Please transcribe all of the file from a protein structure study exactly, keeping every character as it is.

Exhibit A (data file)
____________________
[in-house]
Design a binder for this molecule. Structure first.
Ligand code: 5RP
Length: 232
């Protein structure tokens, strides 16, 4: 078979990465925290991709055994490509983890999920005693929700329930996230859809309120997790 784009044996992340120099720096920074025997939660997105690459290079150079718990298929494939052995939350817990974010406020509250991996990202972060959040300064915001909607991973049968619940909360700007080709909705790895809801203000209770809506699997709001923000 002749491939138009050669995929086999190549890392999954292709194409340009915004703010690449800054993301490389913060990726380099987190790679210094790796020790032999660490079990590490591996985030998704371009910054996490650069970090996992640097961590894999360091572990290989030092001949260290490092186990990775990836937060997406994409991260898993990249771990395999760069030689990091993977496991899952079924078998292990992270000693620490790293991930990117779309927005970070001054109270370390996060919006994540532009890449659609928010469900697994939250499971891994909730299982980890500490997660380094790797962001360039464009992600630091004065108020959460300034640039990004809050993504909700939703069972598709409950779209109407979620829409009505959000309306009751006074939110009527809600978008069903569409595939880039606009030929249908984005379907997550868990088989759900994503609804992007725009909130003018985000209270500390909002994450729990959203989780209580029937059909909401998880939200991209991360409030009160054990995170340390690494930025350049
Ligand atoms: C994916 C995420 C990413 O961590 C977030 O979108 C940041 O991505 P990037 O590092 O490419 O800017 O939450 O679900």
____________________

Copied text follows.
[in-house]
Design a binder for this molecule. Structure first.
Ligand code: 5RP
Length: 232
């Protein structure tokens, strides 16, 4: 078979990465925290991709055994490509983890999920005693929700329930996230859809309120997790 784009044996992340120099720096920074025997939660997105690459290079150079718990298929494939052995939350817990974010406020509250991996990202972060959040300064915001909607991973049968619940909360700007080709909705790895809801203000209770809506699997709001923000 002749491939138009050669995929086999190549890392999954292709194409340009915004703010690449800054993301490389913060990726380099987190790679210094790796020790032999660490079990590490591996985030998704371009910054996490650069970090996992640097961590894999360091572990290989030092001949260290490092186990990775990836937060997406994409991260898993990249771990395999760069030689990091993977496991899952079924078998292990992270000693620490790293991930990117779309927005970070001054109270370390996060919006994540532009890449659609928010469900697994939250499971891994909730299982980890500490997660380094790797962001360039464009992600630091004065108020959460300034640039990004809050993504909700939703069972598709409950779209109407979620829409009505959000309306009751006074939110009527809600978008069903569409595939880039606009030929249908984005379907997550868990088989759900994503609804992007725009909130003018985000209270500390909002994450729990959203989780209580029937059909909401998880939200991209991360409030009160054990995170340390690494930025350049
Ligand atoms: C994916 C995420 C990413 O961590 C977030 O979108 C940041 O991505 P990037 O590092 O490419 O800017 O939450 O679900």